How to encourage your child to play with toys

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Gone are the days when parents would just randomly give a plastic ball or something from the kitchen to let their kids play. Millennial parents put in a lot of research to select the toys for their little ones. They read the reviews, ask their peers, and then decide whether that should be an ideal one for their child. But what if you then discover that they have no interest at all? Have you ever experienced this? Are you wondering where you erred?

According to Dr. Maria Montessori, the adult serves as a conduit between the environment and the kid. And that unless you serve as the link, your best efforts to create the environment for the child may not result in their use in the intended manner. What does this entail for you, your child, and the gift you gave them in terms of a toy?

Your purchase must pique your child’s curiosity. You can tell when your child is ready for the object permanence box if they show interest in putting objects into other boxes or taking objects out of boxes. For instance, if your child has shown interest in climbing, the Pikler Triangle is a terrific tool for them.

You can better comprehend your child’s skills by observation. The item must also be appropriate for your child’s level of development because occasionally, even when kids exhibit interest in a certain activity, their fine and motor skills aren’t yet developed enough for them to use it. The best course of action is to let your youngster handle things on their own and avoid interfering. You can present an activity to your youngster, such as the first problem.

The Montessori word “presenting an activity” simply means to demonstrate to your child how to utilize the tools or toy. It has certain parts such as –

An invitation – Say things that sounds interesting to the toddler. You may say, “Let’s see what came in the mail; let me teach you how to play with it.” Don’t pressure or coerce your youngster to watch the presentation if they object at this point. Try once more at a later time or day.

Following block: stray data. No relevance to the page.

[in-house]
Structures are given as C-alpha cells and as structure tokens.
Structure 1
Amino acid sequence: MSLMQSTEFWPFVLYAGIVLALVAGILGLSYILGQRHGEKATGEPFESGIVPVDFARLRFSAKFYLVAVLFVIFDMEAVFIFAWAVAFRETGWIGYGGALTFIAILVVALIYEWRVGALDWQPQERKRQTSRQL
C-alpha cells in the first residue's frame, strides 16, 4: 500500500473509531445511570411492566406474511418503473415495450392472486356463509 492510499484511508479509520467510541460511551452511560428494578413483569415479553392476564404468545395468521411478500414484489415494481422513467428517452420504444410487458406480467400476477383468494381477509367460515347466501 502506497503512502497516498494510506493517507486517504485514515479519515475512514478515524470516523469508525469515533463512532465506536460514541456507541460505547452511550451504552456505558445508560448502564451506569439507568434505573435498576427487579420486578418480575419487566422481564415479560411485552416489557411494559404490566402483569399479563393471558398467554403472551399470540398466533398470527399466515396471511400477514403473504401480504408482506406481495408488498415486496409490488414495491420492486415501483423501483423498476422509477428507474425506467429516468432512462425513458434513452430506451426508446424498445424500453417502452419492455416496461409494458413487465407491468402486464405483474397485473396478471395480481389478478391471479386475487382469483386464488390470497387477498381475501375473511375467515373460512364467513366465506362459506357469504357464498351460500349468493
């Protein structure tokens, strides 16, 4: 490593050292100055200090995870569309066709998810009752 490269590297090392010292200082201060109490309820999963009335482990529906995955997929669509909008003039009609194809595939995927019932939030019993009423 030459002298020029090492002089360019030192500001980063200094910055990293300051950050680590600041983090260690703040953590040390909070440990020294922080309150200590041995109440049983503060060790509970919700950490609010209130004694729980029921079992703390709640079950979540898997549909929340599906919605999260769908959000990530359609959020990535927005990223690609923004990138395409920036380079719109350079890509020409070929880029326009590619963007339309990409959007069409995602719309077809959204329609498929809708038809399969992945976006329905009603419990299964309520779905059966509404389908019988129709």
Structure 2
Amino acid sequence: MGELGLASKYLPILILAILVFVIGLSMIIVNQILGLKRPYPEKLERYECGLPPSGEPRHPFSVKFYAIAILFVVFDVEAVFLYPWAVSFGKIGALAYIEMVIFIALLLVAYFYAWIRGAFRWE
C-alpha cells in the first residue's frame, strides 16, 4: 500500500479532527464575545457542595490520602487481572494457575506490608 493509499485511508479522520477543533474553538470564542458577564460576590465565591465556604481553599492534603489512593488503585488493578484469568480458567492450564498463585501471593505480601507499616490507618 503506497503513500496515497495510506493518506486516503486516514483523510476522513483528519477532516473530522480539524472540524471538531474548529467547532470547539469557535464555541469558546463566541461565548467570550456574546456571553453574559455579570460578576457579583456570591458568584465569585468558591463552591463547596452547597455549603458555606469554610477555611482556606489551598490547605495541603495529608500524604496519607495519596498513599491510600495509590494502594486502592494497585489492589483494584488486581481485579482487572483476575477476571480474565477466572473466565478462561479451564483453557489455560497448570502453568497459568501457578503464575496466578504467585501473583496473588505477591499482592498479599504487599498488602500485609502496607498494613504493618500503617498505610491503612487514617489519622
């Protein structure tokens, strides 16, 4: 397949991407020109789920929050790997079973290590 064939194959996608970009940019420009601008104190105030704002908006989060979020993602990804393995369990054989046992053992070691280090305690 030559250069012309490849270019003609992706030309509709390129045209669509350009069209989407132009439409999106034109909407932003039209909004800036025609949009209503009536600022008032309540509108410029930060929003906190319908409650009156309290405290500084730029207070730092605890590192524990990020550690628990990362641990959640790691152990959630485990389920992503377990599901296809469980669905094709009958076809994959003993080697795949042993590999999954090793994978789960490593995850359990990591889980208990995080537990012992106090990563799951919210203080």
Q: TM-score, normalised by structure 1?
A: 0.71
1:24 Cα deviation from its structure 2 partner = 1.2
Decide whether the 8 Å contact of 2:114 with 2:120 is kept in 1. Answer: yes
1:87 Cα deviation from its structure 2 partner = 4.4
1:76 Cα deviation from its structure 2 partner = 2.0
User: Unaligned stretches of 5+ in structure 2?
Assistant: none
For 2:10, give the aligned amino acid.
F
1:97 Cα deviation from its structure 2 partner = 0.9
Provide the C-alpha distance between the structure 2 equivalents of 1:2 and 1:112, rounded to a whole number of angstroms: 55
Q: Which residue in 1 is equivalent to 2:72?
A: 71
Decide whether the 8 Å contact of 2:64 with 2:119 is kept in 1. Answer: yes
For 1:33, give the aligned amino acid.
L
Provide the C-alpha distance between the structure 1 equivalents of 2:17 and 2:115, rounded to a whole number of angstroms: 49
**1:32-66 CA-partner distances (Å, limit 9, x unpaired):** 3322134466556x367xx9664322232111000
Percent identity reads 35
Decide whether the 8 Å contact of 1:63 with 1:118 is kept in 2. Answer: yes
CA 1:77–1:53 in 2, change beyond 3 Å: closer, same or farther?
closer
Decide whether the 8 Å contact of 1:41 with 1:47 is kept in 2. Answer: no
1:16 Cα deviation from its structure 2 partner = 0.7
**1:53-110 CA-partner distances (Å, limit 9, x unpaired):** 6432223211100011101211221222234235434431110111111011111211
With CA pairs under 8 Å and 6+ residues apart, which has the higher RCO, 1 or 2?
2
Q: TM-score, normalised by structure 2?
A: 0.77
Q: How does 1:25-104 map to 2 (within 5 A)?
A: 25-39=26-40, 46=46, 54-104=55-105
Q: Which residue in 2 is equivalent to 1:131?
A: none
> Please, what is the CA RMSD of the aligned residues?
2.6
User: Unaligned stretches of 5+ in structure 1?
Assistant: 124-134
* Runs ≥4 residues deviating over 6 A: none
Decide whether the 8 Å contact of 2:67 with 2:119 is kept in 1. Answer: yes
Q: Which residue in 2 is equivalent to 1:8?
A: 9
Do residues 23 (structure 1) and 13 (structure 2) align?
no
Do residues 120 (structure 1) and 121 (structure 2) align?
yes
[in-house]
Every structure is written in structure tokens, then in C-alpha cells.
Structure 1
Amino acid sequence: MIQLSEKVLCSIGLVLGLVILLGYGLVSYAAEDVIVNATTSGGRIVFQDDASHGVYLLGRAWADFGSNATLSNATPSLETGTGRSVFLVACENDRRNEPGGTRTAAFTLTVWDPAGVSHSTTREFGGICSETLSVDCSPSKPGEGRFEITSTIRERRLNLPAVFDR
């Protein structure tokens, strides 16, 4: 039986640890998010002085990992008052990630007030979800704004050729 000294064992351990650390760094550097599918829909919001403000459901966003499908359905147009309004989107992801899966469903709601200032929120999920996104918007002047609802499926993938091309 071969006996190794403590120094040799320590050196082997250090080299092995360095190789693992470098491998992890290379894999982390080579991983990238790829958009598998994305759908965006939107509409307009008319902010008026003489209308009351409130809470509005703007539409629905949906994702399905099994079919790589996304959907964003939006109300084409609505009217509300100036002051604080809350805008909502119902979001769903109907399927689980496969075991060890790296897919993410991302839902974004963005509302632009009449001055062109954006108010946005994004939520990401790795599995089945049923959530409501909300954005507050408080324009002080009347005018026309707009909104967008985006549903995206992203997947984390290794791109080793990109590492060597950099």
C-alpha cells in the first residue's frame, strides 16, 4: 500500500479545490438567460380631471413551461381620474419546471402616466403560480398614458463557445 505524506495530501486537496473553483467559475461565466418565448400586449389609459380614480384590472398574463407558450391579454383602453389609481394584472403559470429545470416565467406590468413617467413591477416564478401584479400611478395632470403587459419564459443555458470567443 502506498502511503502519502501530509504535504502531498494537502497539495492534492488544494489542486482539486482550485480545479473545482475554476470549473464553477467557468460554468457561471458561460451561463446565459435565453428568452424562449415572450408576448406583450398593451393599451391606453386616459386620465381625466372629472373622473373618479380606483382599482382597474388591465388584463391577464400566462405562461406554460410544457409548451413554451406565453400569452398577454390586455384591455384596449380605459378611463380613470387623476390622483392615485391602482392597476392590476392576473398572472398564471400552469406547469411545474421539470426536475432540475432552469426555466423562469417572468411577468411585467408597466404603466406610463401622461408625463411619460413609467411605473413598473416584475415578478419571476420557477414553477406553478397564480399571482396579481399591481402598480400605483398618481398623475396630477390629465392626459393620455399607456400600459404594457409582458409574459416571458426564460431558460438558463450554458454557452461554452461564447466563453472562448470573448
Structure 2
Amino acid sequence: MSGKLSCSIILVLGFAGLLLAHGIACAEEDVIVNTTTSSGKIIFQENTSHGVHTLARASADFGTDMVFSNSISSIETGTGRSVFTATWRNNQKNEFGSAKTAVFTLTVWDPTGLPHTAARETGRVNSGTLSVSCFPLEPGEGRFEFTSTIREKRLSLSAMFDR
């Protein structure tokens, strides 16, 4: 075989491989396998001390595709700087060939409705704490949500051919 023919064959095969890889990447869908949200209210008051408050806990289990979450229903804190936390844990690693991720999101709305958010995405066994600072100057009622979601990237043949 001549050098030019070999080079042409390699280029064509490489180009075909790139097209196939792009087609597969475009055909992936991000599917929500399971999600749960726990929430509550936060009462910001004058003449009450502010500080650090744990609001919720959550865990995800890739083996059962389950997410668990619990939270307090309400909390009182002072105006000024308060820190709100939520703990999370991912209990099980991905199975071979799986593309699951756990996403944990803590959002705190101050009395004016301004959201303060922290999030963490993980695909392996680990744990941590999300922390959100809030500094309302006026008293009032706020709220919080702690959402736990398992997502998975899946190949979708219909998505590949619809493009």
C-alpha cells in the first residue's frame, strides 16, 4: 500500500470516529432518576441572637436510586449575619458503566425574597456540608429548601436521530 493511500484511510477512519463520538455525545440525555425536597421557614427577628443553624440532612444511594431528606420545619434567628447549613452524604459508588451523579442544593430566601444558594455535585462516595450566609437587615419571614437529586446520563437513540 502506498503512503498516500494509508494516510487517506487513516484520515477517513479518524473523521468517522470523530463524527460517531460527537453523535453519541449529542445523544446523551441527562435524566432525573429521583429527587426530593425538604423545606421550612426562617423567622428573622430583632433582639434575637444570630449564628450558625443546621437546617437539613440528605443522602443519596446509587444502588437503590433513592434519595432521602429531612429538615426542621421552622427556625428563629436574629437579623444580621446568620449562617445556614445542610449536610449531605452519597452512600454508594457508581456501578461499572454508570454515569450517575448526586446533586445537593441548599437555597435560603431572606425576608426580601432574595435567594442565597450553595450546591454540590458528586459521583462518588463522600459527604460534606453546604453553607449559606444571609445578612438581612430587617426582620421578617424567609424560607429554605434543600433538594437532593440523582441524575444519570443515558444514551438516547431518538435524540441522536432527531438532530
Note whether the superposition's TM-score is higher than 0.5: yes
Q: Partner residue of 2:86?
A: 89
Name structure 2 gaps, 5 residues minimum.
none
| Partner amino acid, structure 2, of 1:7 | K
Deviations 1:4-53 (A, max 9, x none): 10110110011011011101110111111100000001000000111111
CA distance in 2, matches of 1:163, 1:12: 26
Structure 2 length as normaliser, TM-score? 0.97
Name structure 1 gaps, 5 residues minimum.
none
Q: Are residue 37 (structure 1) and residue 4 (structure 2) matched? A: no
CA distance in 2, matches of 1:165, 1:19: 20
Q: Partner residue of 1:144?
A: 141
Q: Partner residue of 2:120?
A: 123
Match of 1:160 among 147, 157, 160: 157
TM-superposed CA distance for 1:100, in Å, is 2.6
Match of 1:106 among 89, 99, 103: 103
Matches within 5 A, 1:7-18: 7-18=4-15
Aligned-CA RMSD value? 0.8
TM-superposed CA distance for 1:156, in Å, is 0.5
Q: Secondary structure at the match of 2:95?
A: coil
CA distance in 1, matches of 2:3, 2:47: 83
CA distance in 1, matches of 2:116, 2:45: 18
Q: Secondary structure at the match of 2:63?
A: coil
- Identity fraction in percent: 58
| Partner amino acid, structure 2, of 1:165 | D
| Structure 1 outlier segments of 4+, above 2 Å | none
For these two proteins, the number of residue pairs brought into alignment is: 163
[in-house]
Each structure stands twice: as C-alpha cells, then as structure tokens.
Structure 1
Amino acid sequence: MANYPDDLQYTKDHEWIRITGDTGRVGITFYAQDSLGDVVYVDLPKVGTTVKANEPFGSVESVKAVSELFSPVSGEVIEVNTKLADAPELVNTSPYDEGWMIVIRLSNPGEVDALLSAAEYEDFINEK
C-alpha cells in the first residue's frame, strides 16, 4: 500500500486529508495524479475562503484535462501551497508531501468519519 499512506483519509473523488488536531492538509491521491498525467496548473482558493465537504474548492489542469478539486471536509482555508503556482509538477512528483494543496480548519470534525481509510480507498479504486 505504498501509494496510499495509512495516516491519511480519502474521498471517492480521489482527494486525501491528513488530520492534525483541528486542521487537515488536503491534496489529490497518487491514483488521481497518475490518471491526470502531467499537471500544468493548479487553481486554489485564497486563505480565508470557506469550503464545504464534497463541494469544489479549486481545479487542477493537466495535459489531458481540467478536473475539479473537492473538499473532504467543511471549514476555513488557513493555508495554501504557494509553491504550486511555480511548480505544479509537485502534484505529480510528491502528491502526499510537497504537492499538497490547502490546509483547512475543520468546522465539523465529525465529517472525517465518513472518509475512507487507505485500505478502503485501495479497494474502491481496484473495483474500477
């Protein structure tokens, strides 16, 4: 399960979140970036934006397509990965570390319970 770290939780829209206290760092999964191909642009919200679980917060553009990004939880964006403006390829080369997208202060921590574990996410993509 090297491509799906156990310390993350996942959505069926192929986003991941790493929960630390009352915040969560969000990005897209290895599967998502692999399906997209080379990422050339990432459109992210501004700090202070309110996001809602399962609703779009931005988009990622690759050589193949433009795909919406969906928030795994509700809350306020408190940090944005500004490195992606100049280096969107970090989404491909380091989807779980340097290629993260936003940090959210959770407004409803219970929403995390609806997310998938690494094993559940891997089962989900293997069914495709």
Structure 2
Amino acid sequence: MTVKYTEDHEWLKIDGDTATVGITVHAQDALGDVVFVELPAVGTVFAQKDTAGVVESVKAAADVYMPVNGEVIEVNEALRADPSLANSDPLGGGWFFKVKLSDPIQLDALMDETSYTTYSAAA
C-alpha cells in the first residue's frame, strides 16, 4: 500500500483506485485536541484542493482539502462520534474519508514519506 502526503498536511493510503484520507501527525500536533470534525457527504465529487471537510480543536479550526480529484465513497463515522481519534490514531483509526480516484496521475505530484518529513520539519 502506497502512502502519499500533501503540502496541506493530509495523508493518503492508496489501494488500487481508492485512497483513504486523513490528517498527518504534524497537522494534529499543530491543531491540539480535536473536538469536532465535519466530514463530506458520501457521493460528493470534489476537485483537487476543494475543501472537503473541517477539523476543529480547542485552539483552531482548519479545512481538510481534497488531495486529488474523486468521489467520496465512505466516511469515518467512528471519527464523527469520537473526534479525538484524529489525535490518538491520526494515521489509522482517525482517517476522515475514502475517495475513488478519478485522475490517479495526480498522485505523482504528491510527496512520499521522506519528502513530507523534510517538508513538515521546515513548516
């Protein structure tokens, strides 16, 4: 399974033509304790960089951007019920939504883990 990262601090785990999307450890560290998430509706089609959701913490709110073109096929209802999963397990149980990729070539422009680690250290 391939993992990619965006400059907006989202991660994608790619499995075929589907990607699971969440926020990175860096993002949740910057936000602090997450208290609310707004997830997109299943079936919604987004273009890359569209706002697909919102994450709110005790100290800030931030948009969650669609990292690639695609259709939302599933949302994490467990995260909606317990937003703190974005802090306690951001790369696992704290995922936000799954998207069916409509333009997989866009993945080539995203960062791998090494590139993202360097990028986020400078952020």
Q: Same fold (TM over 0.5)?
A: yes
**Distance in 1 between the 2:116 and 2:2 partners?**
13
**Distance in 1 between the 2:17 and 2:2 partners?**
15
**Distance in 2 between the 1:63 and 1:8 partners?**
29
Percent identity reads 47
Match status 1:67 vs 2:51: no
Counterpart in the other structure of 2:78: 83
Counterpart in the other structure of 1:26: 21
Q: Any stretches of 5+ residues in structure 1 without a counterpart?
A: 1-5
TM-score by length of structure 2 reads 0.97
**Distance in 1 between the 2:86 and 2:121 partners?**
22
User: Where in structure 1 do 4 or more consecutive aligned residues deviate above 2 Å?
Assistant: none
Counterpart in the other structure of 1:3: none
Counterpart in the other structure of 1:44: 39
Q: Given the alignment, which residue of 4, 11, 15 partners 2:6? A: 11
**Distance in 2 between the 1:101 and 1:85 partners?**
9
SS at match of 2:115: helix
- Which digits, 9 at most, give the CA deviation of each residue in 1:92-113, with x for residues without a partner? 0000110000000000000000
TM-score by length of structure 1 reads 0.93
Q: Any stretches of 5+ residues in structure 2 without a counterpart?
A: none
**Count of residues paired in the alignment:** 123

The set-up – the process of moving a toy or activity from a shelf to a mat or table where it will be used. You can now demonstrate to your child how to carry the object, how to move with it, and where to set it down.

The presentation – In this stage, you should carefully and deliberately demonstrate to your child how to use or play with the object. Avoid speaking and displaying simultaneously. Ensure that all of your movements are visible to your child.

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The handover – your presentation should be succinct and direct. Do not use this to start a conversation or to inform your child. Because toddlers have such a short attention span, it is often that they lose interest. Give your youngster a turn to work with you as soon as you arrive if they exhibit interest. If the handover is delayed, your youngster can grow bored with the activity.

The winding-up – If your youngster wants to use the toy for work or play, let them. After they are through playing, demonstrate where the toy goes; you can do this with your child.

Never forget to arrange activities on a shelf or workplace in a welcoming manner. Avoid scheduling too many events at once since the child may become overwhelmed. Keep in mind that a child won’t exhibit interest in an area unless they find it to be attractive. Every activity and every item is always an invitation to the child; they have the choice and the freedom to decline; don’t take it personally. Above all, don’t worry too much about it; trust that the child will approach the activity in accordance with his or her internal timetable, which may not always match our expectations.

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